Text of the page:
• Document any new standard methods for doing the work.
Sustaining -- Sustaining is usually thought of as the toughest "S." However, it doesn't need to be. The trick is to let the 5S system work for you. When you get to this point, you should have engaged everyone in the work area during 5S activities and have a "tell at a glance" visual workplace. If this is so, then sustaining is much easier. That is important, but not sufficient. A more systematic way to prevent backsliding and to foster continuous improvement is needed. The steps of sustaining are:
• Determine the 5S level of achievement - the overall grade.
• Perform worker-led routine 5S checks using the 5S check list.
• Address backsliding and new opportunities found during routine checks.
• Conduct scheduled, routine checks by team leads or supervisors or by people from outside of the workgroup.
• Perform higher-level audits to evaluate how well the 5S system is working overall. For example, are there systemic issues with sustaining 5S? Often, the company's safety committee is an excellent body for conducting these audits.
It is through sustaining activities that the practice of 5S is refined. When items aren't returned to their homes, the cause is most likely to be that the home was inconvenient. When the work team addresses these problems, they improve the sustainability of 5S and, more importantly, they improve safety, morale, and productivity.
Measuring the 5S Level of Achievement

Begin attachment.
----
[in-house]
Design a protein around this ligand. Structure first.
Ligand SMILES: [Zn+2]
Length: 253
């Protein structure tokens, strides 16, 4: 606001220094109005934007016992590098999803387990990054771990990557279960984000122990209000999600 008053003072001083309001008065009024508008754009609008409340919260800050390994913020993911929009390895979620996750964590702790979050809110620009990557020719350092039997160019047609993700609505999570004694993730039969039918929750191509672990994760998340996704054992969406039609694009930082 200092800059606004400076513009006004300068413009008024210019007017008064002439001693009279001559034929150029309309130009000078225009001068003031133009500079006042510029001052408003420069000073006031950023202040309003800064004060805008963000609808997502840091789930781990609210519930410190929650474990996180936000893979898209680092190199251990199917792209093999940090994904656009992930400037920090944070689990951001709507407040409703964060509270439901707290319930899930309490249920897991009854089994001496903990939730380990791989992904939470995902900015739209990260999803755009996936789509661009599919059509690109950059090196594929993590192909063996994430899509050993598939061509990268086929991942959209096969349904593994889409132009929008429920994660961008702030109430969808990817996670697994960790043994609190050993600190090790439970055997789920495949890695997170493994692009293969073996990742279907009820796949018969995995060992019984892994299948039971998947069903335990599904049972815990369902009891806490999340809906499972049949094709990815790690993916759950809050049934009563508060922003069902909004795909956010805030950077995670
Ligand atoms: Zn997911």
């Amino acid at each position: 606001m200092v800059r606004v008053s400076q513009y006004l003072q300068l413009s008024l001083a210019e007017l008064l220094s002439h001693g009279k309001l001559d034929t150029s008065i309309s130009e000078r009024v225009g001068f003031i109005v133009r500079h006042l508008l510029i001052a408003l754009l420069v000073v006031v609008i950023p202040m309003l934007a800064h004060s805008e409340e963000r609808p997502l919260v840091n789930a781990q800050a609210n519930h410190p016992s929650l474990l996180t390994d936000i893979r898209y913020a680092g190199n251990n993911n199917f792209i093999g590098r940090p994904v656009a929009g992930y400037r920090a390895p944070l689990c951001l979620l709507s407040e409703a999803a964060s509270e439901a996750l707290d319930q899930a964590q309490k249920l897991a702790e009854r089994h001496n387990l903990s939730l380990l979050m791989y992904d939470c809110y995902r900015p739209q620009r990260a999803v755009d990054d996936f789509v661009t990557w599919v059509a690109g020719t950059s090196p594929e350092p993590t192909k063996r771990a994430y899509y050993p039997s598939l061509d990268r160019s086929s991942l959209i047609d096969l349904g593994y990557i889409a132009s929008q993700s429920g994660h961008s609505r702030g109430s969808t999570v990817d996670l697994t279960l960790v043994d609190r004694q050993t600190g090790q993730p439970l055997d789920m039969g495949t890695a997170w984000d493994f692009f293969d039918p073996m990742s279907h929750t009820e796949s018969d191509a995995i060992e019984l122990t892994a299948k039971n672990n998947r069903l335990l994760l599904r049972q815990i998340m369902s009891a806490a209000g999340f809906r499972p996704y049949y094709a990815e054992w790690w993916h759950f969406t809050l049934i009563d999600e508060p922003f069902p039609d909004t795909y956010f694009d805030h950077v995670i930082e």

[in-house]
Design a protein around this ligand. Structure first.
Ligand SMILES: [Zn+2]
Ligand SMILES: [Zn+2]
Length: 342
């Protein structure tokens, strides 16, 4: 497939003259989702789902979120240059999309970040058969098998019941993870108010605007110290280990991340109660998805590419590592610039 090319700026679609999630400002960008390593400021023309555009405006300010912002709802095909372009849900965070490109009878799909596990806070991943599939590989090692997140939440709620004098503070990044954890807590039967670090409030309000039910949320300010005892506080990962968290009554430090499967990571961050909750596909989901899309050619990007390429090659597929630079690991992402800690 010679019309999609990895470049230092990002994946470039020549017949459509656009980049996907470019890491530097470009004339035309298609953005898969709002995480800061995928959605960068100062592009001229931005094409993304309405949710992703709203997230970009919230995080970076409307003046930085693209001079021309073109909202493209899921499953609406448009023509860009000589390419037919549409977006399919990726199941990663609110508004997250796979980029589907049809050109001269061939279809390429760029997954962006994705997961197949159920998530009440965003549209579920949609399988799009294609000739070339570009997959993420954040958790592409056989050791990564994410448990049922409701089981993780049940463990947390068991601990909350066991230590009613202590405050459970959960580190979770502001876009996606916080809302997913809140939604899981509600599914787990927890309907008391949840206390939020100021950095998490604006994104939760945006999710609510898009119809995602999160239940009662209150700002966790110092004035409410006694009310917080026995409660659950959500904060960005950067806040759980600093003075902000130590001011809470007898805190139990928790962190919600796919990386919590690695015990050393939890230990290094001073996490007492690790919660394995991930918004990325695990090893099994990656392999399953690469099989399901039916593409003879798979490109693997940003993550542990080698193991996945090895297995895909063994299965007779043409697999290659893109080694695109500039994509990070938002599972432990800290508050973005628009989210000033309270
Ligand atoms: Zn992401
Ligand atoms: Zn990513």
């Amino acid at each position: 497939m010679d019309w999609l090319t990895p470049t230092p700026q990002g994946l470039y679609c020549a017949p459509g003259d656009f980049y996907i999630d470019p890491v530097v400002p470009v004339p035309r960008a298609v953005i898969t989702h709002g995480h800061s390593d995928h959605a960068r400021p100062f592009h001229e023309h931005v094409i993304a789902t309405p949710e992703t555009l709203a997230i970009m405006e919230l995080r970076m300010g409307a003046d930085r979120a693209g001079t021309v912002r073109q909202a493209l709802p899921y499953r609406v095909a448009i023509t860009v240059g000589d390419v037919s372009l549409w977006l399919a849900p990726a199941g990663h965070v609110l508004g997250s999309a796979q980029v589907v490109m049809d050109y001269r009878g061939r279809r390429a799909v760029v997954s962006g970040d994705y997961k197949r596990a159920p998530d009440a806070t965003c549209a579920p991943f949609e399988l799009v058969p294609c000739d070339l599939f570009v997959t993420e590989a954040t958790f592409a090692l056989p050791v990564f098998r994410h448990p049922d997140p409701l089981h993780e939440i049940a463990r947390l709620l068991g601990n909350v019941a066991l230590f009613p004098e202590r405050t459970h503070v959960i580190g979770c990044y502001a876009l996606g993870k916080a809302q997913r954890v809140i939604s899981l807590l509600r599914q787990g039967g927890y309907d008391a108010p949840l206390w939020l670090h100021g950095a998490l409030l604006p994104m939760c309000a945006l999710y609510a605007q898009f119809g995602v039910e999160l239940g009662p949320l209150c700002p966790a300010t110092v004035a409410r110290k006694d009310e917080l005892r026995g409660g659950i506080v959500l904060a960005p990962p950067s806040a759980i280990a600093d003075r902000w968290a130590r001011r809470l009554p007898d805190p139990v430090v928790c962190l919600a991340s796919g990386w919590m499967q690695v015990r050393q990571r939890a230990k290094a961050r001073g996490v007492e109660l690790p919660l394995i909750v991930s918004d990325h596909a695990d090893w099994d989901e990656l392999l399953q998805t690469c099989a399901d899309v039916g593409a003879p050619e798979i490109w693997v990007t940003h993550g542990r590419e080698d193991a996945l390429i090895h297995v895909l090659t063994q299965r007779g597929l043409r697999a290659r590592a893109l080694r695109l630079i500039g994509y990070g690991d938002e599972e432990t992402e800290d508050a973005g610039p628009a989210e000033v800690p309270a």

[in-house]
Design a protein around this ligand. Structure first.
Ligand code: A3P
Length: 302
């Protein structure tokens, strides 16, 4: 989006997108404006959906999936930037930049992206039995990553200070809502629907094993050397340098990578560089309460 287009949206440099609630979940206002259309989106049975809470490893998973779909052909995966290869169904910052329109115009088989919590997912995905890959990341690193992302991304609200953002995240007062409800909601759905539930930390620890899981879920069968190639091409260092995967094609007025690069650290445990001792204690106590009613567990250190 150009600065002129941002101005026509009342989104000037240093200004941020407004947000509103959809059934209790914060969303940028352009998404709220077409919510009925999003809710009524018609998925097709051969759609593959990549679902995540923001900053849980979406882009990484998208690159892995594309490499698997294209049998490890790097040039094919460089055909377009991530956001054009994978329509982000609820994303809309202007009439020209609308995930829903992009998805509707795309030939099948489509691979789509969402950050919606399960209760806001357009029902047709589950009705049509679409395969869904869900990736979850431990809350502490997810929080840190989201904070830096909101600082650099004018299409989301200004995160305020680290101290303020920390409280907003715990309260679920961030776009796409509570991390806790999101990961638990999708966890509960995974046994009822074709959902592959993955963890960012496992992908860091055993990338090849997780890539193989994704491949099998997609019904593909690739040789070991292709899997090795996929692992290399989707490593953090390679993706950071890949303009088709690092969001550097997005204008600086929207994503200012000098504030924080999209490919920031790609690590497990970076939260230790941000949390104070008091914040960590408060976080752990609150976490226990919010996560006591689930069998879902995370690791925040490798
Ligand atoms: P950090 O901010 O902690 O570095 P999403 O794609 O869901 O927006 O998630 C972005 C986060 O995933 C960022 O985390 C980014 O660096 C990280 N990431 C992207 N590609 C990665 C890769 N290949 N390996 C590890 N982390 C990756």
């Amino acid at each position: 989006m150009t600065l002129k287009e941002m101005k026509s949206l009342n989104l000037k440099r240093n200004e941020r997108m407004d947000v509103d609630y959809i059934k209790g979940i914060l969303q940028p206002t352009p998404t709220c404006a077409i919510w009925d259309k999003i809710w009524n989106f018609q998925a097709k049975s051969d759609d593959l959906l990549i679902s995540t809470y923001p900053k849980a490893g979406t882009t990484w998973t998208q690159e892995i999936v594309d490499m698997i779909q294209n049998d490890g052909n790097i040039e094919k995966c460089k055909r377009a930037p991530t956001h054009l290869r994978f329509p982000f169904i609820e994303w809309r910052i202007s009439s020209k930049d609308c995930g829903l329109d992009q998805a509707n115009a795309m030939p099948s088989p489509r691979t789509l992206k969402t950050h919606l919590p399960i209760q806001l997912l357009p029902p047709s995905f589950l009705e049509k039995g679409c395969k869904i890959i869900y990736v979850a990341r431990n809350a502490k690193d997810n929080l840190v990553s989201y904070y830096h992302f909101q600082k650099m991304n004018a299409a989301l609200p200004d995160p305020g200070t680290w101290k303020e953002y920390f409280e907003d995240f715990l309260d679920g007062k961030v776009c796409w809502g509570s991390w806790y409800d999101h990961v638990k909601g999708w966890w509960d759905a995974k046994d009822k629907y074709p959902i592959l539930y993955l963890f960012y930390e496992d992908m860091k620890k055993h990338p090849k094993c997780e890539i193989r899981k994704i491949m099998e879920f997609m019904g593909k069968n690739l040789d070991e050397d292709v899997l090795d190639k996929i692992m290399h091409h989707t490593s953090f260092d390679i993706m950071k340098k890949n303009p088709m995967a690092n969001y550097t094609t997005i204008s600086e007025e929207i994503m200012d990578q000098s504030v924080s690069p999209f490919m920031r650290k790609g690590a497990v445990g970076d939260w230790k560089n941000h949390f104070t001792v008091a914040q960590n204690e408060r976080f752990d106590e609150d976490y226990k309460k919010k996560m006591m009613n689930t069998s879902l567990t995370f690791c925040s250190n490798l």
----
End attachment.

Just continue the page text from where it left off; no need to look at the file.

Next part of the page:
Applying the adage, "what gets measured gets done", 5S uses a five-level maturity matrix to grade the 5S level (illustrated in Figure 3). To illustrate the use of the matrix, look at the levels from I to V for Simplifying. Level I is a typical starting level where the work area is an unorganized mess. Achieving Level II for Simplifying requires that needed items are safely stored according to frequency of use. Frequently-used items should be close to the point of use. Achieving Level III requires that the correct quantities of those items have a clearly marked home. Often work areas can achieve this level relatively quickly by installing shadowboards (outlines showing visually where items belong). Levels IV and V require additional refinement. Level IV requires that the number of items in an area are minimized. That means fewer consumables, fewer files or paperwork, and fewer tools. Level V requires that anyone, even people unfamiliar with the area, can retrieve any needed item within 30 seconds and with minimal movement. The overall 5S Level of Achievement is the lowest level attained for any of the S's. 5S is only as good as its weakest link. If a work area has not addressed Standardizing and Sustaining, no matter how high the level achieved for the other S's, the area will eventually revert to a non-5S state.